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Given that Truth is Beauty…

June 16, 2011

I heard upon his dry dung-heap
That man cry out who cannot sleep:
“If God is God He is not good,
If God is good He is not God . . .

It’s been a couple of days since I finished J.B., but, to be honest, I still don’t know what to think of it. The play itself is a modern adaptation of the Book of Job, in that omphaloskeptic play-within-a-play sort of way. My unease might just stem from the fact that I always get nervous when people adapt stories from the Bible. The way I see it, there are only two ways to do it without being blasphemous: 1) you can adapt it directly and word for word, but this would end up being indirectly blasphemous anyway, as all bad plays are blasphemous; or 2) you can adapt thematically. This means, as in West Side Story’s take on Romeo & Juliet, many of the details are fudged, shifted, or altogether changed, but the overarching theme remains the same. The result would, hopefully, steer away from blasphemy and be a good play to boot.

But Archibald MacLeish seems to be taking a third route. His adaptation is an excuse to subversivly argue with Job’s theme. I say this not actually knowing what the them of Job is, because no book of the Bible has been as able to thoroughly confuse me. But I know what the theme is not. And the theme is not MacLeish’s assertation that mankind’s love for each other can overcome all, including the supposed failures of God. I trust it is clear to all who read this why that is decidedly not the theme of Job.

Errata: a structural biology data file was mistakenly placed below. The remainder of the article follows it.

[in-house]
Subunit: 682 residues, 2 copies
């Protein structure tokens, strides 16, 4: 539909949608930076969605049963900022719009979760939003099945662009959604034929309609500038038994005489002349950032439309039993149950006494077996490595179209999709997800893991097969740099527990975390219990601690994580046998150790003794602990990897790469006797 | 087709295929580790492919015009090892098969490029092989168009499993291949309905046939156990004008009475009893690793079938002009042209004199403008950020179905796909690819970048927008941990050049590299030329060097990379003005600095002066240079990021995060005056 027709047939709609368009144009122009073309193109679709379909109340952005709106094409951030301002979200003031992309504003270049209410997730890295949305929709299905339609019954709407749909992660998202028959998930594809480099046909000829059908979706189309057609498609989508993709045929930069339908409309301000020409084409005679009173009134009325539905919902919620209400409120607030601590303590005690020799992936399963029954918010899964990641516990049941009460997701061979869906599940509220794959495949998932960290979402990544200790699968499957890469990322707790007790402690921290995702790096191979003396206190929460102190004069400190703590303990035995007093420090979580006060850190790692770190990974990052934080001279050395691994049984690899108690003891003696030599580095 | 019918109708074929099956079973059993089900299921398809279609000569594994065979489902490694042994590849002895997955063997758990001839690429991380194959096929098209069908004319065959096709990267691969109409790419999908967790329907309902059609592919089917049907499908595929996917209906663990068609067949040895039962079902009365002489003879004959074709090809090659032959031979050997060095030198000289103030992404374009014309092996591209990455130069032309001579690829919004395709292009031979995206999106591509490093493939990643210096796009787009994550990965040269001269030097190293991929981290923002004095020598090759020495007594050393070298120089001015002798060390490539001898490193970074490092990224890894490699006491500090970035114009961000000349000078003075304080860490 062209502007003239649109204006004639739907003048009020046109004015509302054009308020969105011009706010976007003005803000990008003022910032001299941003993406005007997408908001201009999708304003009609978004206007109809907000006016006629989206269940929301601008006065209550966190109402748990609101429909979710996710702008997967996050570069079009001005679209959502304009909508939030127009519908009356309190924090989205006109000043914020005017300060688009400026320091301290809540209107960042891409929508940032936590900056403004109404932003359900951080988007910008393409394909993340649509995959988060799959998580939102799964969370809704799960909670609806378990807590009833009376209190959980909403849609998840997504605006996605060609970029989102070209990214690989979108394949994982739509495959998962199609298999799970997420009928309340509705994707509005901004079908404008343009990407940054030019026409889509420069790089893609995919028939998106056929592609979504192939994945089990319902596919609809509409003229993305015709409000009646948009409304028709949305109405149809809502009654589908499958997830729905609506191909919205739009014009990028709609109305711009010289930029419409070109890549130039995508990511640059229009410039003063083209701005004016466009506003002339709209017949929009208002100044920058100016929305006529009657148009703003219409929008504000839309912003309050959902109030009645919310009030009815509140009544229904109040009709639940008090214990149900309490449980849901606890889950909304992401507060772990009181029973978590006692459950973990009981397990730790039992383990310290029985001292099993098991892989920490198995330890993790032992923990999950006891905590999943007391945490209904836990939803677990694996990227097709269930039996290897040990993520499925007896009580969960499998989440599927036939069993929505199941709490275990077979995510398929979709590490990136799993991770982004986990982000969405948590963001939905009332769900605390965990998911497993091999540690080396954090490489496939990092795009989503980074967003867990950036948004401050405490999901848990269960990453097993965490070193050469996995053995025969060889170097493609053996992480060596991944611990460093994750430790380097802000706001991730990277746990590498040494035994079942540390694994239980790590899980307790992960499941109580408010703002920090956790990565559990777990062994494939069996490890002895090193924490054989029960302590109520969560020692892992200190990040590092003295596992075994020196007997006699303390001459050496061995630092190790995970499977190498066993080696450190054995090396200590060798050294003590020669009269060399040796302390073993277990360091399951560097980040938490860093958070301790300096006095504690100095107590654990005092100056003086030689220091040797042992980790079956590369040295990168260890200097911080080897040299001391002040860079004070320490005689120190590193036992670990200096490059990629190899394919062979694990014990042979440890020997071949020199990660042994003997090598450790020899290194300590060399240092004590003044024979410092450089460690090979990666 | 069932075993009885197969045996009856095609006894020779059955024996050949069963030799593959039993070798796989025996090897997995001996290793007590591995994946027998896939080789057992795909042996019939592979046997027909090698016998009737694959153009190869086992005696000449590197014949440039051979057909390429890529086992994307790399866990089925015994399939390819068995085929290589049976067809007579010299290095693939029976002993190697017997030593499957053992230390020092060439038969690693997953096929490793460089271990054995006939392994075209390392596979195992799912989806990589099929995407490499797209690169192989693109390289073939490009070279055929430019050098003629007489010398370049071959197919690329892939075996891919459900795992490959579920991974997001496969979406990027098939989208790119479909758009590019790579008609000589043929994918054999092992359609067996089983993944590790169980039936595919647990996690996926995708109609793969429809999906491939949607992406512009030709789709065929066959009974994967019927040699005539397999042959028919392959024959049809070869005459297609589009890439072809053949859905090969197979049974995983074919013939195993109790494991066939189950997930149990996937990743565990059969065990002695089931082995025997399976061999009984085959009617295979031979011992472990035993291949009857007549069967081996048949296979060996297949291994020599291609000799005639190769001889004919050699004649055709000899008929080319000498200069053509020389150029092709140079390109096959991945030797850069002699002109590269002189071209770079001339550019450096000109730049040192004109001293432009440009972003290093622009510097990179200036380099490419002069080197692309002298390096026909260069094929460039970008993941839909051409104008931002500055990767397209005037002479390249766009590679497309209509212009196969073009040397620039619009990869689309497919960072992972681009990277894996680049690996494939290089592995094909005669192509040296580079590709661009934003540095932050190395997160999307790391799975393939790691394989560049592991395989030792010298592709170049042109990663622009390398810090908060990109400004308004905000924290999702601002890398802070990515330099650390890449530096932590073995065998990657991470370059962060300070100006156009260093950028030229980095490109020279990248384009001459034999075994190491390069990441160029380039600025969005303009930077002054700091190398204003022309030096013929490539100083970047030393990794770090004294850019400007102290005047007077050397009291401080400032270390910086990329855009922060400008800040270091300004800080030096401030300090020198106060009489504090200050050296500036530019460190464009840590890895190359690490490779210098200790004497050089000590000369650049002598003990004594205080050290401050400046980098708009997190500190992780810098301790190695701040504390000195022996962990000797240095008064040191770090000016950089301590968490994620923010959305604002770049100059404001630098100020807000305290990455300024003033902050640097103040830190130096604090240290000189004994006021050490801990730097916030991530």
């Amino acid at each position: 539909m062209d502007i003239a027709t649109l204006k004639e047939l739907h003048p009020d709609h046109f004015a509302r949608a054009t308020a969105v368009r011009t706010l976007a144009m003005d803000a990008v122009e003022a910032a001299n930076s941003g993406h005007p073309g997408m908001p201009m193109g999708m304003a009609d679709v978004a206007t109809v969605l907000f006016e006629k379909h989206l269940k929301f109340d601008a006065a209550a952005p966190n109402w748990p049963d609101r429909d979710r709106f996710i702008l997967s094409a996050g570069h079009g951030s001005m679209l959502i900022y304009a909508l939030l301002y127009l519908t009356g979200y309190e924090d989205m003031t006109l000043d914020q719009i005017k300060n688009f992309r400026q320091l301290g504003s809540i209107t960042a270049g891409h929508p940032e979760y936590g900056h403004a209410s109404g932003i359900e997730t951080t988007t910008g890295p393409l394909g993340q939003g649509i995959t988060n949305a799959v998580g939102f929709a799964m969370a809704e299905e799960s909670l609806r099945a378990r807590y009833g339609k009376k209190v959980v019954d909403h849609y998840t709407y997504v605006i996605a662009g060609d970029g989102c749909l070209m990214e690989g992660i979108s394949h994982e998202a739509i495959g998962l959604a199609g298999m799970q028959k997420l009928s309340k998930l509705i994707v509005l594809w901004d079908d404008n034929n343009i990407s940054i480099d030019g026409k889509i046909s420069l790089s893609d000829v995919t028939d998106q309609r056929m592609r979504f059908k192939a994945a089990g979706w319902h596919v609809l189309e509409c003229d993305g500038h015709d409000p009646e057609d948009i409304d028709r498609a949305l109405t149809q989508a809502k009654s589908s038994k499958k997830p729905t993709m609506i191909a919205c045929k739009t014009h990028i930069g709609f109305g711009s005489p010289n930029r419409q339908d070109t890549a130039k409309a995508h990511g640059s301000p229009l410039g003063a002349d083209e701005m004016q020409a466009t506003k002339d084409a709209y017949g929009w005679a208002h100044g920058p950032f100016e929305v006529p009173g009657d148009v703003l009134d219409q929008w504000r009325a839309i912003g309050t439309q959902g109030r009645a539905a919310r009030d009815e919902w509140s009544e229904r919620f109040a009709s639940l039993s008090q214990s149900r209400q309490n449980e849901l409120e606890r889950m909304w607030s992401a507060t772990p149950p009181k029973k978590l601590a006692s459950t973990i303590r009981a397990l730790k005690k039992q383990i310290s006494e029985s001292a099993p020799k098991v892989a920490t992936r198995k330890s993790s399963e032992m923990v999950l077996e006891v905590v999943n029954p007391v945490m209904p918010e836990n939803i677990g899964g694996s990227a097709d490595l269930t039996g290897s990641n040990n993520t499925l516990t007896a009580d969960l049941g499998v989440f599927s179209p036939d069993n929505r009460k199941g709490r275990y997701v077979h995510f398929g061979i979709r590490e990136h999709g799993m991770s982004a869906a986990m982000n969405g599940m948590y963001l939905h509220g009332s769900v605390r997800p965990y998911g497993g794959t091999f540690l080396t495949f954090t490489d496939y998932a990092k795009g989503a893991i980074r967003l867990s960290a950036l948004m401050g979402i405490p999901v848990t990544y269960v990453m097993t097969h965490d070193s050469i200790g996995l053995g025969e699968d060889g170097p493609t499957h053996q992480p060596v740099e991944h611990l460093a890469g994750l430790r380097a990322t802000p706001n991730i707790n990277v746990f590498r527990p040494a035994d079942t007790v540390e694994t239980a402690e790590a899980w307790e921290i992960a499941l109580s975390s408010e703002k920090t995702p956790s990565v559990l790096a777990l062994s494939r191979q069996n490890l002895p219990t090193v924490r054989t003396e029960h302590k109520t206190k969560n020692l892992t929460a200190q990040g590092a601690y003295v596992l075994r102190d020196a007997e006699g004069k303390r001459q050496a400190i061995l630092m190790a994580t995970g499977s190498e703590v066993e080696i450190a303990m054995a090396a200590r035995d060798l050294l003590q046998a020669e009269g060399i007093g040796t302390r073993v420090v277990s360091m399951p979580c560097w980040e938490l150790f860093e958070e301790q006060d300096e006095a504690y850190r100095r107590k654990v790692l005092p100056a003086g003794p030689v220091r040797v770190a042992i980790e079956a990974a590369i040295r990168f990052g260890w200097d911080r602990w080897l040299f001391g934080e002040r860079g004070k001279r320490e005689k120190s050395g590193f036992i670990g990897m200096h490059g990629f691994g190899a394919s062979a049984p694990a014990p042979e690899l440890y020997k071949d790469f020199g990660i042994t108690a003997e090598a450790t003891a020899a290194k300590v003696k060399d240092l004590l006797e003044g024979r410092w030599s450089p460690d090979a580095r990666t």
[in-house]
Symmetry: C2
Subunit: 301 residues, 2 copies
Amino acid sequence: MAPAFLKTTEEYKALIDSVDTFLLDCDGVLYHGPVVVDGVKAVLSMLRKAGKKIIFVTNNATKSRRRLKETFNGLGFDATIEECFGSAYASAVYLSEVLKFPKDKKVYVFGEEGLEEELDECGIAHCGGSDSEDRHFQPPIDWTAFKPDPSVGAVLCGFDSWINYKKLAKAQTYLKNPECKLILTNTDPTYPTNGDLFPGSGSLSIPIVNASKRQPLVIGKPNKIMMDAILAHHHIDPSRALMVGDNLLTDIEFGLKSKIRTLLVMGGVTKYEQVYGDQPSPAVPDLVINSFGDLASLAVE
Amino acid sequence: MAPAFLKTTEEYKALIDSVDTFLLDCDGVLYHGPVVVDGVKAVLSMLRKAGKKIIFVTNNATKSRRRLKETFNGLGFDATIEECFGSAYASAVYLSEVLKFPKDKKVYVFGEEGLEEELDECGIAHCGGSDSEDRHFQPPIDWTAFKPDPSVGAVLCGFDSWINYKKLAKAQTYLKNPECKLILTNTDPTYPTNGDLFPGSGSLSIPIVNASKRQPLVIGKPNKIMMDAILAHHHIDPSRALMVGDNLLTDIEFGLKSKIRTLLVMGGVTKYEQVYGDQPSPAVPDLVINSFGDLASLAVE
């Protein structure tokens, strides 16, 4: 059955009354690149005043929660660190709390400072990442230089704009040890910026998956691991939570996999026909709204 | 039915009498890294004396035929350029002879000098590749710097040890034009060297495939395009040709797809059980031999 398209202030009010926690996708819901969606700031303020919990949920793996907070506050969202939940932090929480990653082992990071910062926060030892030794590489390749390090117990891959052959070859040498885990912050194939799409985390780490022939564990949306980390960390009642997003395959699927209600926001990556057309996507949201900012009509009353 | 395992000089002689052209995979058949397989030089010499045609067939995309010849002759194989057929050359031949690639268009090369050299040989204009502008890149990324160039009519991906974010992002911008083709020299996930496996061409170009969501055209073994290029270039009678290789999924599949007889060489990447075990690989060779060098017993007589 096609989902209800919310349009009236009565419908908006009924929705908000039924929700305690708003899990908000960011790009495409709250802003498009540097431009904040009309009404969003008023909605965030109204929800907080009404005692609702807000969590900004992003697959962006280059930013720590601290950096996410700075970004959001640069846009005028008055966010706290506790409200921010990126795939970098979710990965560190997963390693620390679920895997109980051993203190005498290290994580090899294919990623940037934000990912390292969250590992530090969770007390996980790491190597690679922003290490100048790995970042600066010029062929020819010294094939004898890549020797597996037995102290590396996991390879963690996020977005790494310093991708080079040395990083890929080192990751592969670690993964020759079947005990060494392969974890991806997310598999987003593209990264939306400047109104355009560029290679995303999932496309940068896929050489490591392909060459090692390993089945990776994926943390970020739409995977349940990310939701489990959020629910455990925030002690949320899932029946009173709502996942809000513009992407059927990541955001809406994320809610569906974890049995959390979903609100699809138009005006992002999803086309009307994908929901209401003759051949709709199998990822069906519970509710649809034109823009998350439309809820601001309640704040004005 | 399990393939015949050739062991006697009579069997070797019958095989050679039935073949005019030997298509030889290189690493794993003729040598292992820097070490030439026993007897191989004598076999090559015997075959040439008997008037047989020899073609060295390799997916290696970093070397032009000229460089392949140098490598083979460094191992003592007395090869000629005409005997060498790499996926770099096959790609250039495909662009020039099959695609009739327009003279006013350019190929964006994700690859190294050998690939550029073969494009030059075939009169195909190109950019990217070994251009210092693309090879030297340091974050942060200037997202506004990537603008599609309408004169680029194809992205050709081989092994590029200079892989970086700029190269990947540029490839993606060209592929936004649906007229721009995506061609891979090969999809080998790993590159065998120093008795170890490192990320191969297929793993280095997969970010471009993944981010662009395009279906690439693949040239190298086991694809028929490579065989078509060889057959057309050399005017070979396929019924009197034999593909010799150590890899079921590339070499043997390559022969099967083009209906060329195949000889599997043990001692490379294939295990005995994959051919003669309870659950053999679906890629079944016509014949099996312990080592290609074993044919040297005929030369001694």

All the same, MacLeish’s poetry is so compelling that it might as well be literally pulling you along. In its first two-thirds, the play is so orthodox in its beauty that I repeatedly mined its depths for some choice ore in the form of commonplaces. But as truth begins to slip, so does beauty, rather proving the immortal words of Keats. A play that should have brought us, like Job, in submission to the often mysterious will of God, instead ends up equating God and the Devil, bringing the play to an ultimately ugly and cacophonic conclusion. “If God is

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